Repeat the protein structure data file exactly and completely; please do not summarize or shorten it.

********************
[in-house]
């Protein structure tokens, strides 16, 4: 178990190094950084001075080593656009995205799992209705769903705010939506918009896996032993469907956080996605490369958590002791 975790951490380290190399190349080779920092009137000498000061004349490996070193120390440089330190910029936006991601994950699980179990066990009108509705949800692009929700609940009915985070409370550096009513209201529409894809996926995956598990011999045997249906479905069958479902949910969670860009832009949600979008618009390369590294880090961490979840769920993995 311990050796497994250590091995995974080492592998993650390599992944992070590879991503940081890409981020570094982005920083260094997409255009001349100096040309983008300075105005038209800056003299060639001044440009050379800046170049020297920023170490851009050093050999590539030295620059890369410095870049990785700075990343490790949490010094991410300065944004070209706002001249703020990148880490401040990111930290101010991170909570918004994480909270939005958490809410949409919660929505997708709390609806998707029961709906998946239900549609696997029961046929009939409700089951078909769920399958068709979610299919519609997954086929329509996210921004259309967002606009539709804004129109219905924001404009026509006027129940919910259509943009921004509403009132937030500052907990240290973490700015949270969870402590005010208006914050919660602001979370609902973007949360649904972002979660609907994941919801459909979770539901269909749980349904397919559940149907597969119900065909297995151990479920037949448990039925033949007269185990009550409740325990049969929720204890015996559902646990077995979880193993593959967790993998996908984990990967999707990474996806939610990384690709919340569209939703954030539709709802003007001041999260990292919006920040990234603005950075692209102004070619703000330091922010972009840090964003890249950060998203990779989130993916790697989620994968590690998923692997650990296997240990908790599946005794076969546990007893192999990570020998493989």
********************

[in-house]
């Protein structure tokens, strides 16, 4: 178990190094950084001075080593656009995205799992209705769903705010939506918009896996032993469907956080996605490369958590002791 975790951490380290190399190349080779920092009137000498000061004349490996070193120390440089330190910029936006991601994950699980179990066990009108509705949800692009929700609940009915985070409370550096009513209201529409894809996926995956598990011999045997249906479905069958479902949910969670860009832009949600979008618009390369590294880090961490979840769920993995 311990050796497994250590091995995974080492592998993650390599992944992070590879991503940081890409981020570094982005920083260094997409255009001349100096040309983008300075105005038209800056003299060639001044440009050379800046170049020297920023170490851009050093050999590539030295620059890369410095870049990785700075990343490790949490010094991410300065944004070209706002001249703020990148880490401040990111930290101010991170909570918004994480909270939005958490809410949409919660929505997708709390609806998707029961709906998946239900549609696997029961046929009939409700089951078909769920399958068709979610299919519609997954086929329509996210921004259309967002606009539709804004129109219905924001404009026509006027129940919910259509943009921004509403009132937030500052907990240290973490700015949270969870402590005010208006914050919660602001979370609902973007949360649904972002979660609907994941919801459909979770539901269909749980349904397919559940149907597969119900065909297995151990479920037949448990039925033949007269185990009550409740325990049969929720204890015996559902646990077995979880193993593959967790993998996908984990990967999707990474996806939610990384690709919340569209939703954030539709709802003007001041999260990292919006920040990234603005950075692209102004070619703000330091922010972009840090964003890249950060998203990779989130993916790697989620994968590690998923692997650990296997240990908790599946005794076969546990007893192999990570020998493989």